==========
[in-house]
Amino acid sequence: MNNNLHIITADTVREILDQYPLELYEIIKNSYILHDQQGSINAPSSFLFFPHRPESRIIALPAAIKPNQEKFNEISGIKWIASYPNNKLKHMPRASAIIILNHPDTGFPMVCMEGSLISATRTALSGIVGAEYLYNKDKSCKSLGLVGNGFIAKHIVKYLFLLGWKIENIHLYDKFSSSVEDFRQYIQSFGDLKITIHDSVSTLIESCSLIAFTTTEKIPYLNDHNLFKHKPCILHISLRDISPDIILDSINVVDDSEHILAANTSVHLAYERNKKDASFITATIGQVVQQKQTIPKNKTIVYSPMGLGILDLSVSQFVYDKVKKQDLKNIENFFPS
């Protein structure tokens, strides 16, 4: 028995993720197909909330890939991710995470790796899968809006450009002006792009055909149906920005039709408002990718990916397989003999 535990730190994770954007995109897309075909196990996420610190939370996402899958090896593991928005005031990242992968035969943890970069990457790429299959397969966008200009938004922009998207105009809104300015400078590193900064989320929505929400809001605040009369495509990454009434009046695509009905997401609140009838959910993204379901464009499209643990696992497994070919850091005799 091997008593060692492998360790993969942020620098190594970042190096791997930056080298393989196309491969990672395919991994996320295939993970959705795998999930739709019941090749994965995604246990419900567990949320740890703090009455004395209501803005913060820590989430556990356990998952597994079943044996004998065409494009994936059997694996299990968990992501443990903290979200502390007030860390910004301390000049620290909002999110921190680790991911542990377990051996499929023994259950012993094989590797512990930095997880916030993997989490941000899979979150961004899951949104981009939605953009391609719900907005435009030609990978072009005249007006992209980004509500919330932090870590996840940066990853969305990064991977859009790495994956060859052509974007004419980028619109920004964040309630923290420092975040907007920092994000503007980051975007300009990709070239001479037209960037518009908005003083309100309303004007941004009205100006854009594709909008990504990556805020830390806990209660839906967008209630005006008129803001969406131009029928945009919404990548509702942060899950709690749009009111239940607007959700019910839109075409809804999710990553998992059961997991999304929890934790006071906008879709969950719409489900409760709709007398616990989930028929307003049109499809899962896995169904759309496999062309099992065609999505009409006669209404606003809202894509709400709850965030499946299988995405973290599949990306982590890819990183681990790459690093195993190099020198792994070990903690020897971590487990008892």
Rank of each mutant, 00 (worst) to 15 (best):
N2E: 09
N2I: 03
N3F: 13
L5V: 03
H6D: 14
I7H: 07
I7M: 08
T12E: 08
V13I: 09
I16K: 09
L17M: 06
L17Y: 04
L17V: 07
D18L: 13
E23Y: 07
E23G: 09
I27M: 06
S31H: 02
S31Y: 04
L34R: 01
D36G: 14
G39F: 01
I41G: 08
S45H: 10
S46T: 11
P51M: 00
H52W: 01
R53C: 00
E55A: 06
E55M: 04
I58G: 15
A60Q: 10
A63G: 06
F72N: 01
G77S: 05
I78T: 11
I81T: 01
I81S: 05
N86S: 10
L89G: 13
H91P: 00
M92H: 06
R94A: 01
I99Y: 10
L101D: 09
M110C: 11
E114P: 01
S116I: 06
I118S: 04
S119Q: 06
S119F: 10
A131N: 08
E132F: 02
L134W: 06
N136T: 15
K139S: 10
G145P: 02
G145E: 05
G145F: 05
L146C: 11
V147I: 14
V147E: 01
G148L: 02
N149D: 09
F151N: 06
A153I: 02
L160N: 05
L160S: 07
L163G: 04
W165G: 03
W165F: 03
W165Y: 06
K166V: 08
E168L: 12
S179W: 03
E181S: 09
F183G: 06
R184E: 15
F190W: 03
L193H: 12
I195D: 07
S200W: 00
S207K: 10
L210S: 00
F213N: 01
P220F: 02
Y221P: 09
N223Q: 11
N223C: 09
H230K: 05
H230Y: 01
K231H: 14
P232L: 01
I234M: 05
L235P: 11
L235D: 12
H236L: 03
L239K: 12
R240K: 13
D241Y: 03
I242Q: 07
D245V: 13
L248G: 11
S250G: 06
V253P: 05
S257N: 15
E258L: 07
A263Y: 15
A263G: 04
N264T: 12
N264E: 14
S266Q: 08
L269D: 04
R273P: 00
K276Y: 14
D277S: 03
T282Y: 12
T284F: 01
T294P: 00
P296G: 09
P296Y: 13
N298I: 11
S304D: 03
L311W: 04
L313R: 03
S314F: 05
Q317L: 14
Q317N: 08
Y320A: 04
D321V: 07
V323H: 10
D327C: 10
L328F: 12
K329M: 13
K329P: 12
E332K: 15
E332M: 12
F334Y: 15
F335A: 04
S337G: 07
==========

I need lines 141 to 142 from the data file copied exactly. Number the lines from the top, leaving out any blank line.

E332M: 12
F334Y: 15